ESOP Valuation Nuances


What makes ESOP valuations unique from other business valuations? The discussion below highlights some of these nuances.

ESOP Advantages

Employee Stock Ownership Plan is a qualified retirement plan which invests primarily in the sponsoring company stock. The shareholders sell at fair market value and defer capital gains, so long as they sell at least 30% of the company shares to an ESOP and reinvest the proceeds in qualified investment securities (usually public securities). This tax free rollover sale is covered by IRS Section 1042.

Subchapter S corporations owned exclusively by ESOPs pay no Federal income tax. C corps sponsoring leveraged ESOPs can deduct contributions for debt principal (limited by 25% of aggregate payroll) and loan interest.

Preliminary Analysis

Often, the seller of private company stock is uncertain of the value. Thus, we recommend a preliminary analysis be undertaken first, to estimate a range of possible per share value. This early analysis provides the shareholders with the economics of instituting an ESOP.

Discounting Share Value

The sale of at least 30% of the shares (and less than 50%) creates a consideration of discounting for lack of liquidity (not a fluid, public market) and lack of control (minority interest). Offsetting the illiquid investment is the fact that the ESOP will likely purchase more shares over time. Thus, the marketability discount is greatly reduced from the norm. The combined lack of marketability and control discounts often fall in the 20-25% range.

There is one caveat to these discounts. Many advisors have opined that a signed purchase agreement between the sellers and the ESOP that binds the sellers to ultimately sell control to the ESOP should result in no discounts to value, even before the ESOP ownership reaches over 50%.

Repurchase Liability

The ESOP provides for a contracted obligation to repurchase ESOP vested shares at least one year after retirement, death or disability. These distributions are most often in the form of cash. For terminated employees, the payout can be delayed for an additional five years. Mature plans account for repurchases amounts at 2-5% of the plan value, or more. To account for this repurchase liability, cash reserves are usually created. In any event, many plans require that an actuarial analysis of the future purchase liabilities is an essential factor to consider in projected cash flows for the valuation.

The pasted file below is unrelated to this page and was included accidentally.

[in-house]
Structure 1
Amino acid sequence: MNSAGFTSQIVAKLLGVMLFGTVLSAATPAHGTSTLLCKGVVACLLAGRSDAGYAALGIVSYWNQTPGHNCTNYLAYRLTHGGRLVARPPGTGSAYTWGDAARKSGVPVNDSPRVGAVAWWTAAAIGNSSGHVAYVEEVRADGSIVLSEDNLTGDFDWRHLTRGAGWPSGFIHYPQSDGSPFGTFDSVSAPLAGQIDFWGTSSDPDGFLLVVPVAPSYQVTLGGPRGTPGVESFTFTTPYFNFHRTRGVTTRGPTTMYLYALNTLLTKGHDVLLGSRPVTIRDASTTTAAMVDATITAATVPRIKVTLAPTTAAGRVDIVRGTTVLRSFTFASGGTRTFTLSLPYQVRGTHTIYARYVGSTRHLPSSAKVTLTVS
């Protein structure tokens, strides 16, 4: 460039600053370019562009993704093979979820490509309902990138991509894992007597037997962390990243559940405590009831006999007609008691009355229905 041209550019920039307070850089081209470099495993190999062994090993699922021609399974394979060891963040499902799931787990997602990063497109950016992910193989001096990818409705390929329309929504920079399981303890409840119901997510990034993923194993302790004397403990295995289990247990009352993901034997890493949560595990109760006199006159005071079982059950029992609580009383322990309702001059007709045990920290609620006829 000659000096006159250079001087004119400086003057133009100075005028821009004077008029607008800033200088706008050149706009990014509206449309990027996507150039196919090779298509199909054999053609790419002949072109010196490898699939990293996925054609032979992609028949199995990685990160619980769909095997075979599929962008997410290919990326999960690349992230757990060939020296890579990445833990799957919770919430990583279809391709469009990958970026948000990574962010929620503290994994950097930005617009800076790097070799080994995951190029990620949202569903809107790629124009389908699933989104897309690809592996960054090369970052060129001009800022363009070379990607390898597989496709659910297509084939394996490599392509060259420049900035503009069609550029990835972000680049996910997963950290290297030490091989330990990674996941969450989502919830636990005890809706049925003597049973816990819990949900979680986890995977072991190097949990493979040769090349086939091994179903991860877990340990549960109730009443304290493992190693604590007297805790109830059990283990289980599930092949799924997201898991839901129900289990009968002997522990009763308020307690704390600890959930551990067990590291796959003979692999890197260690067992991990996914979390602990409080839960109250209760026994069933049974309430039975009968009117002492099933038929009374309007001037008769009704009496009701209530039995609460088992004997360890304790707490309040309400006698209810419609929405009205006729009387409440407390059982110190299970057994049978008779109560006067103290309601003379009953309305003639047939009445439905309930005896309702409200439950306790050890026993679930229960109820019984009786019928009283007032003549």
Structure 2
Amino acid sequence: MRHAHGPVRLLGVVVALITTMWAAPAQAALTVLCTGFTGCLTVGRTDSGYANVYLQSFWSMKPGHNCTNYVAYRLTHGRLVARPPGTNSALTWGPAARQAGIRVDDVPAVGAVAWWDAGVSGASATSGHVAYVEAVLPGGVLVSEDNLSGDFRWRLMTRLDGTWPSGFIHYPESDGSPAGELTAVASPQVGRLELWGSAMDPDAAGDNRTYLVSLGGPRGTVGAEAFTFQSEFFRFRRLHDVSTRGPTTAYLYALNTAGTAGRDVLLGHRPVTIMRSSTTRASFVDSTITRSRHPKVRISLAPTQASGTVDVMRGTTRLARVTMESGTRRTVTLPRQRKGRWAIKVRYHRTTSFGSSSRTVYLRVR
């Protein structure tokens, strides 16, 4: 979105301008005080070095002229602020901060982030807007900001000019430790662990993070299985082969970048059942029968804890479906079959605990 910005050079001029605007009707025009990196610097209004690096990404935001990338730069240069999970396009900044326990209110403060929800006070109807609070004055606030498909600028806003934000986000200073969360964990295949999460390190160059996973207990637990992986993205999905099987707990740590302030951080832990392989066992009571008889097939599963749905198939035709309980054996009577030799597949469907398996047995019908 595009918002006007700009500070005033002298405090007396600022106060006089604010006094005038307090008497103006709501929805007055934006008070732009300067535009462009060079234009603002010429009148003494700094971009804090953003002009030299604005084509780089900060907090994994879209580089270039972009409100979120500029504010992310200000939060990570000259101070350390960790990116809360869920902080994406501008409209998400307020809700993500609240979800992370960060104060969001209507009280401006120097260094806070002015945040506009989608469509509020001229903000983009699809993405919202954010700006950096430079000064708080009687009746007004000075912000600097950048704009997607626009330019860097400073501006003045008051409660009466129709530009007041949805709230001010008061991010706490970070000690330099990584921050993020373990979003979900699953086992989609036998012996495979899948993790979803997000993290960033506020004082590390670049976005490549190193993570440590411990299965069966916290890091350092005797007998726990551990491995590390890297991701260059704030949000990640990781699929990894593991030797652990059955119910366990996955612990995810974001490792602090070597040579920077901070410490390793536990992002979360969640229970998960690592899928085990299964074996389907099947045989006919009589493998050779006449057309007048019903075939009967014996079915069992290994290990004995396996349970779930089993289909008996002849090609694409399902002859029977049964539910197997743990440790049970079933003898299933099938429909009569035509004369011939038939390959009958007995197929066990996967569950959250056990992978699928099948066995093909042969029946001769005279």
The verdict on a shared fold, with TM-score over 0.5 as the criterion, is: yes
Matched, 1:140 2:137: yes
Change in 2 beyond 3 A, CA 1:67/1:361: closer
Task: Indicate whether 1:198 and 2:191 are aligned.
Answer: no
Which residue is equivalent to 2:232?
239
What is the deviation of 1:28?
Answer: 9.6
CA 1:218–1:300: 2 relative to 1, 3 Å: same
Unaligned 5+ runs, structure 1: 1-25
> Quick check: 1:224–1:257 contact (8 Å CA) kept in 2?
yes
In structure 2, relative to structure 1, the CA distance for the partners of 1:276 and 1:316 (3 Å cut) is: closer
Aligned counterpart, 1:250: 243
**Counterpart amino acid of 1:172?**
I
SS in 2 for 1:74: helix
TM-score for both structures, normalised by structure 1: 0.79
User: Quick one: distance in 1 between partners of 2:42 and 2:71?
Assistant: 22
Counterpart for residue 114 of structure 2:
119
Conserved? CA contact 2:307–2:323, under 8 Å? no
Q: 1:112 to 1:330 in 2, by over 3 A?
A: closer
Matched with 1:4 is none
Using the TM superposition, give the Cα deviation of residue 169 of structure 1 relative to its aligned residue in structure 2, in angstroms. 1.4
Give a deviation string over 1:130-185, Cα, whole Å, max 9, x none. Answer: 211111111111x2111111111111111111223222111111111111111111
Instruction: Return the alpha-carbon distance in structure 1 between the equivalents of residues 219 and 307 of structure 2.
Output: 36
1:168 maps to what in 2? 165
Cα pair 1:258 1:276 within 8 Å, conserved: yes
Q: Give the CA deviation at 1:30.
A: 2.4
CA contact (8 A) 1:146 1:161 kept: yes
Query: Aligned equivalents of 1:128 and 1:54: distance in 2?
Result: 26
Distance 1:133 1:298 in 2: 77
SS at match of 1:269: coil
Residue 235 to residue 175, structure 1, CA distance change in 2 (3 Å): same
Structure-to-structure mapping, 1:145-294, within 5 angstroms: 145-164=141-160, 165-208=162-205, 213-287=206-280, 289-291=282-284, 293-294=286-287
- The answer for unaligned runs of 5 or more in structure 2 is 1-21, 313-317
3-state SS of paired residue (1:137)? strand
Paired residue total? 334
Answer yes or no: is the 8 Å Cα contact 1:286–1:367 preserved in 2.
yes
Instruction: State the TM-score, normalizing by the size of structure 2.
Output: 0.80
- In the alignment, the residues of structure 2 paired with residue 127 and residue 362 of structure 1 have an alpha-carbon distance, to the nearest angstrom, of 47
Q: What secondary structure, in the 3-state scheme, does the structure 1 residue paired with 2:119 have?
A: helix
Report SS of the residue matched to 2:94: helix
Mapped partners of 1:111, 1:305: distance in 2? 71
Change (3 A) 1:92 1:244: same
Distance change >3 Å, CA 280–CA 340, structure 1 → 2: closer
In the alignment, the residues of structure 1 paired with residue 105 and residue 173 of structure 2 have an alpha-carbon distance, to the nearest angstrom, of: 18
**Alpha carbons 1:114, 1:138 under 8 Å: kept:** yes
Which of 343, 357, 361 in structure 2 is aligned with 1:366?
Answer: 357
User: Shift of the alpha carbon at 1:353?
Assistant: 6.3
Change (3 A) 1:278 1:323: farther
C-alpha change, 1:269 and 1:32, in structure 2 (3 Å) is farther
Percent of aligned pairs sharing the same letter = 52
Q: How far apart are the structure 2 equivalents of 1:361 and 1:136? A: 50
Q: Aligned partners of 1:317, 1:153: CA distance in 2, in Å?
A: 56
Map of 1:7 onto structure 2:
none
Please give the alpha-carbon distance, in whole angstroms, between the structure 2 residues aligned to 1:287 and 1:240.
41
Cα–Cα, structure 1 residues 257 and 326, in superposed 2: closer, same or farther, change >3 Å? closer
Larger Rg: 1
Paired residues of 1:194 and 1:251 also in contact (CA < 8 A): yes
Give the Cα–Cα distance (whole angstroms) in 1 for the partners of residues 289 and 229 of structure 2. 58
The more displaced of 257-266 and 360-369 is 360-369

Value of Intellectual Property

For ESOP purposes, it is not necessary to identify and value specific intangibles or intellectual property (IP). The value of these assets is included when you value the business enterprise. However, when developing cash flow projections for the business, we account for unique characteristics of IP, such as:

  1. Impact on profit margins
  2. Protection of a product/service is a particular market
  3. Other competitive advantage, such as lower production costs

Impending Contracts

Any near term contracts expected are factored into the cash flow projections. The larger and more certain are these customer agreements, the risk of achieving the cash flow projections is reduced; and, business value increases.

Real Estate Owned by Company

The most reasonable way to treat the owned real estate is the following:

  1. Remove the depreciation from the cash flow (reduction of income)
  2. Charge as an expense a fair rent for use of the facilities
  3. Appraise the real estate and add the value to business enterprise value